Aissaoui et al conducted a study in 39 mechani­cally ventilated patients using BPS and Ramsay score. There was increase in physiological variables but no significant correlation was found between BPS score and the two physiological variables [8] almost similar to our study. In present study the correlation between BPS score and Ramsay scale was negative and significant. The logical direction of the association was the higher the sedation level, the lower the ability to express pain­ful behaviours. [5],[8]

Our study emphasizes that sedation and analge­sia are important in the management of patients who require mechanical ventilation as found by others [10],[20],[21] and it should be better administered according to an individual's need. [5]

Our study had some limitations like a small sample size to do statistical analysis, conducted in medical ICU, not including post surgical patients and no patient was receiving sedative and analgesic. We used only sub­jective assessment scale (Ramsay scale and BPS-sub­jective aspect of recorder) and no objective methods like bispectral index, auditory evoked potentials, electroencephalography were used. In spite of above limitations of the study some careful conclusions can be drawn.

To conclude, almost all critically ill patients have pain whether it is iatrogenic pain from procedures or positioning. If pain is addressed adequately, the need for sedation is very-very small. Traditional pain indica­tors such as fluctuations in haemodynamic parameters are not always an accurate measure for the assessment of pain in mechanically ventilated ICU patients. There­fore, more objective pain assessment measures like BPS are essential. Consequently, the routine assessment of sedation and analgesia should be a part of total care for critically ill patients, in a manner similar to that in which cardiorespiratory parameters are monitored. The appropriate use of instruments to monitor sedation and analgesia can improve the sedative and analgesic treat­ment that we deliver to our patients. Our study has in­dicated that Ramsay score should be kept in comfort­able range (RSS=2,3)and BPS=3(No pain) and seda­tive should be given when RSS=1(agitated) and anal­gesics when BPS>3(Pain).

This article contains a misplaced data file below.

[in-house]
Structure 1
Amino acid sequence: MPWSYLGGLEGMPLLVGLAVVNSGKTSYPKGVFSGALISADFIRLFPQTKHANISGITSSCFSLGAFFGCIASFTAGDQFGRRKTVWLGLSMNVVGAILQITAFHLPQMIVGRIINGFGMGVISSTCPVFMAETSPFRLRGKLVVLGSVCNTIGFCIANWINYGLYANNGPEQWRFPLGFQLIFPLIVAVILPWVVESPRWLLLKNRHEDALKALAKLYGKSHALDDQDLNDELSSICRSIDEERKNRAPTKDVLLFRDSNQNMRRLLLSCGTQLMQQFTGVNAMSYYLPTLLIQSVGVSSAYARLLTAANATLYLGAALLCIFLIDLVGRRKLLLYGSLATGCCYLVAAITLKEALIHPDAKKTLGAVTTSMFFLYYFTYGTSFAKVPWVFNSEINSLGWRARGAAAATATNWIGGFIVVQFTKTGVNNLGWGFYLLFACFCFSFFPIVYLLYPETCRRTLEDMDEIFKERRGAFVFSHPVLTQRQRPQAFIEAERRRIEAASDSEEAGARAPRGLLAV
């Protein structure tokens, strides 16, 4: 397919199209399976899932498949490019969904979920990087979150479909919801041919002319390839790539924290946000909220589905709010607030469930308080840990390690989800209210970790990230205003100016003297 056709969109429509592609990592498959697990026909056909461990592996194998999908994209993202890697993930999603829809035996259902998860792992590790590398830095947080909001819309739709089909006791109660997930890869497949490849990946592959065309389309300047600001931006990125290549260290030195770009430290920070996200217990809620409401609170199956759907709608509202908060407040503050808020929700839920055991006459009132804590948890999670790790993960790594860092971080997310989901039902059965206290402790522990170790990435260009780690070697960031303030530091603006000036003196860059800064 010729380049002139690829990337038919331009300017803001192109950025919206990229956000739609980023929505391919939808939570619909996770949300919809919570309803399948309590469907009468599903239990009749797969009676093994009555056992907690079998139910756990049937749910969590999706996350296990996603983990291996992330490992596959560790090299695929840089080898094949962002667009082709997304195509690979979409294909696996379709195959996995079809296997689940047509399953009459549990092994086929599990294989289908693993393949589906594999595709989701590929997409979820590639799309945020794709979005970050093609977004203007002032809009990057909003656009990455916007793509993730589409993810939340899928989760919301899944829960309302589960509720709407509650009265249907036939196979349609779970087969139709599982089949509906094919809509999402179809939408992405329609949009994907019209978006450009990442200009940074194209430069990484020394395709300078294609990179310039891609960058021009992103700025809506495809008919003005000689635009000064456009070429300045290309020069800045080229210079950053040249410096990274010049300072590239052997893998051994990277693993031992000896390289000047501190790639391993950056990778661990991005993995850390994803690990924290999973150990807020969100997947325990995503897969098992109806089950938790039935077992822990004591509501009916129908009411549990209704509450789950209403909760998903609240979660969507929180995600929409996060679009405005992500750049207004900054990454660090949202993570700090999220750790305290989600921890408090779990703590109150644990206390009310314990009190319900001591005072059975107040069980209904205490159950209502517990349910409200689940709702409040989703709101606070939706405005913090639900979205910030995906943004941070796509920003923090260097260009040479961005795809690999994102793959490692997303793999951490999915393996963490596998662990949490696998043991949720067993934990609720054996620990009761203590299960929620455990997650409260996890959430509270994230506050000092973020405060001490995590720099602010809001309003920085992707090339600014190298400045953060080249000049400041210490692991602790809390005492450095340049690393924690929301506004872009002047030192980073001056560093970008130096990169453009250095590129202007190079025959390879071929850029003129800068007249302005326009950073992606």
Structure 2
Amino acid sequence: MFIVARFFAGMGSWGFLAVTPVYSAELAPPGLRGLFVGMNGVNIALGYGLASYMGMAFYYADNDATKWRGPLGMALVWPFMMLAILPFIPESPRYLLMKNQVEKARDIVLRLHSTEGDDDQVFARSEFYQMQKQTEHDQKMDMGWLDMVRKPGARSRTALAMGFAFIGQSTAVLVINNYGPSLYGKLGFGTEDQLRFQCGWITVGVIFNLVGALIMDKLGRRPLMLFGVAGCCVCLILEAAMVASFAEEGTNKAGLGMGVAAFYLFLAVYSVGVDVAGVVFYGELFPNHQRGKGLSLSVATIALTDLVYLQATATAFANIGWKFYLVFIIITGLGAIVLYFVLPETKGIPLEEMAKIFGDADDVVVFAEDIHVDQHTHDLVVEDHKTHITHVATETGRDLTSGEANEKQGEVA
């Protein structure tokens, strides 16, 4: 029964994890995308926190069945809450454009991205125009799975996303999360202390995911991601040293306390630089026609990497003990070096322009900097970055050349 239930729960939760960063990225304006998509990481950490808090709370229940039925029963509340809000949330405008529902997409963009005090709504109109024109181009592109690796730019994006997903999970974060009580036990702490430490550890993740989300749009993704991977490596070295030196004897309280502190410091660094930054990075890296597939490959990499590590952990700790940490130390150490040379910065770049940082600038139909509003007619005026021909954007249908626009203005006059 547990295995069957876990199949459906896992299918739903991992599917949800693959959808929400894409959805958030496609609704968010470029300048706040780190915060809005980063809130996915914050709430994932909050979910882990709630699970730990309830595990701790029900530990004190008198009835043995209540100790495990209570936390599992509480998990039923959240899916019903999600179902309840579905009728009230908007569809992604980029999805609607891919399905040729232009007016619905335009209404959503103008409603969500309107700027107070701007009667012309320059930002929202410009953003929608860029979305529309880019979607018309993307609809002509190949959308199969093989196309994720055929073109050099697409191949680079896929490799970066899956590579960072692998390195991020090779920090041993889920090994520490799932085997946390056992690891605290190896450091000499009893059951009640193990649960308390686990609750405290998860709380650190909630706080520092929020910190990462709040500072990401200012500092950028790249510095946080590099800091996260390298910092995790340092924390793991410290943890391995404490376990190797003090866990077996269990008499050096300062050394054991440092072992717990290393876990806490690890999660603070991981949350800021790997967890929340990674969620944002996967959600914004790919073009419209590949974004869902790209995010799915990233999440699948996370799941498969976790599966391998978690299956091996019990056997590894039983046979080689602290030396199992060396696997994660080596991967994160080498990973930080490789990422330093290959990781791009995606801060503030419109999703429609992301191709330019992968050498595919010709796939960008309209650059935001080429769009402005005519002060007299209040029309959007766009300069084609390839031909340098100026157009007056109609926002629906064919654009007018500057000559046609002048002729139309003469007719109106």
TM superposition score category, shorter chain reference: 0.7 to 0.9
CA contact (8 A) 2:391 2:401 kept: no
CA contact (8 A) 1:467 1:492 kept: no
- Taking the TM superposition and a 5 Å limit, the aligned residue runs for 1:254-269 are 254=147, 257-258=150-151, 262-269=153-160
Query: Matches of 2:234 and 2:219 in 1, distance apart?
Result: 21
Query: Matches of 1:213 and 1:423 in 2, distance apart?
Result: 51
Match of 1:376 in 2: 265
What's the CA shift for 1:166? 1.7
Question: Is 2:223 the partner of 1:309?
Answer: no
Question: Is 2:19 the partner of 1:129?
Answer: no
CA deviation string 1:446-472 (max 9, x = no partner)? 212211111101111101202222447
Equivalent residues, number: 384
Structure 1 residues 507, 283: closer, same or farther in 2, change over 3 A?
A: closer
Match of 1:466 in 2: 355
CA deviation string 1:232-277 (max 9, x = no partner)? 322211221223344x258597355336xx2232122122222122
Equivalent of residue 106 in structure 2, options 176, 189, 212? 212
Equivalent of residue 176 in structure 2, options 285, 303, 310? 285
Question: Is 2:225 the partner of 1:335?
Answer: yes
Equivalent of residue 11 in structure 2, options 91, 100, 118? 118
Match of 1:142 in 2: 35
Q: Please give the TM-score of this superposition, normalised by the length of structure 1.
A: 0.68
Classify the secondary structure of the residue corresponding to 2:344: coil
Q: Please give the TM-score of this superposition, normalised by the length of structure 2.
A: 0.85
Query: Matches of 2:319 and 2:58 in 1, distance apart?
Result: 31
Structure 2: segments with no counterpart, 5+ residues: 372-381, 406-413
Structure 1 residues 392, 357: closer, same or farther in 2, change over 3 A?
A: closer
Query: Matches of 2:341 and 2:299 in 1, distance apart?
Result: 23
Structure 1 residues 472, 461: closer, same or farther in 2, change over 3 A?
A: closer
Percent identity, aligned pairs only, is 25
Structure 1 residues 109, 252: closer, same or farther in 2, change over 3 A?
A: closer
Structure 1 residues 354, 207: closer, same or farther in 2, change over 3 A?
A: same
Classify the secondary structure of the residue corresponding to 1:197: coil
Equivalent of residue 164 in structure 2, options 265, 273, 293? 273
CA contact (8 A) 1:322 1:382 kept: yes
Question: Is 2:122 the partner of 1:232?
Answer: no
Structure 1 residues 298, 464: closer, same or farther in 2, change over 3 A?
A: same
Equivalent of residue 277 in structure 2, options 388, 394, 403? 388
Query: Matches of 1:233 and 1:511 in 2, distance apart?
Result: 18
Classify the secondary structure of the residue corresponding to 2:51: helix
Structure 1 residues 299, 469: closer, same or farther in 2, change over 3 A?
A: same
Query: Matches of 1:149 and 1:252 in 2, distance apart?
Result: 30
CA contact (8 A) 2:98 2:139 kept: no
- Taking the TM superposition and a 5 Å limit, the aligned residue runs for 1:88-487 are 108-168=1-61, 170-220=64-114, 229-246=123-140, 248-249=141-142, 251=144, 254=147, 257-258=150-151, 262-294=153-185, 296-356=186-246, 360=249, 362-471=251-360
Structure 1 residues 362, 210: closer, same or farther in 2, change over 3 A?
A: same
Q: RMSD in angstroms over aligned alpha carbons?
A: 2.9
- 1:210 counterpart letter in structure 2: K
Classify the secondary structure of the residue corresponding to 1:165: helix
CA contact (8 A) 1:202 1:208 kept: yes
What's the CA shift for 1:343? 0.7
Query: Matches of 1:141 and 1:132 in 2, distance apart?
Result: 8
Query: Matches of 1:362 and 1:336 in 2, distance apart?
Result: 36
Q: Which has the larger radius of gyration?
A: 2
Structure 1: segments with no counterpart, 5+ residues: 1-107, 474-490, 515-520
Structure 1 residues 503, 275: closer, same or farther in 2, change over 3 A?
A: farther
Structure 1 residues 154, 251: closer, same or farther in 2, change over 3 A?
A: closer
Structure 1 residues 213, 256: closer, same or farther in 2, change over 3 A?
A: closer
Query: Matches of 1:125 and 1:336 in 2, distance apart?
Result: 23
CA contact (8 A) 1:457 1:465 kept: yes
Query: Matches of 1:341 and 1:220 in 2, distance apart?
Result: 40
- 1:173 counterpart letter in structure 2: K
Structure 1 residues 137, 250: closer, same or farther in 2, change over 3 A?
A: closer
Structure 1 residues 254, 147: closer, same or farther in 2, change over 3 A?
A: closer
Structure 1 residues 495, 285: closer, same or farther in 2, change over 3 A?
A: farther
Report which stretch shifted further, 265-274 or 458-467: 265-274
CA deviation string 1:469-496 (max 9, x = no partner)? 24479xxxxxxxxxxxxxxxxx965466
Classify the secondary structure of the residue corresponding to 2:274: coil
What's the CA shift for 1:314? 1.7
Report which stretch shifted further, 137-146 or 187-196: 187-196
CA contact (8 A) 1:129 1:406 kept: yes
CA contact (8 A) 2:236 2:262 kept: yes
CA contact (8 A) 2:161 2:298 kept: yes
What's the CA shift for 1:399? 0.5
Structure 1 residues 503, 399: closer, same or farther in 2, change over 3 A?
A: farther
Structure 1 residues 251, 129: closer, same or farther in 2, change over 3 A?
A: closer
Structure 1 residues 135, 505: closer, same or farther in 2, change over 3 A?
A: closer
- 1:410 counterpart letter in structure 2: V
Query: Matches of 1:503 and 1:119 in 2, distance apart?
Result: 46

New drug development and recent findings in new ventilation strategies allow for management of sedation and analgesia that is better tailored to an individual's need. We anticipate that future contribution to this for­gotten field will result in improvements in the quality of care that our patients need and deserve.

 
   References Top

1.Bader MK, Burns SM, Campbell M, et al. Consensus Conference on Sedation Assessment - A Collaborative Venture by Abbott Laboratories, American Association of Critical Care Nurses, and Saint Thomas Health System. Critical Care Nurses 2004; 24:33-41.  Back to cited text no. 1      
2.Lewis KS, Whipple JK, Michael KA and Quebbeman EJ. Effect of analgesic treatment on the physiological consequences of acute pain. American Journal of Hos­pital Pharmacists 1994; 51:1539-1554.  Back to cited text no. 2      
3.Masaki K, Akira S, Asako I, Keiko K, Toshihiko I, Taku K. Study on sedation levels using Ramsay sedation score and administration methods of propofol. Japa­nese Journal of Intensive Care Medicine 2005; 29:139-­144.  Back to cited text no. 3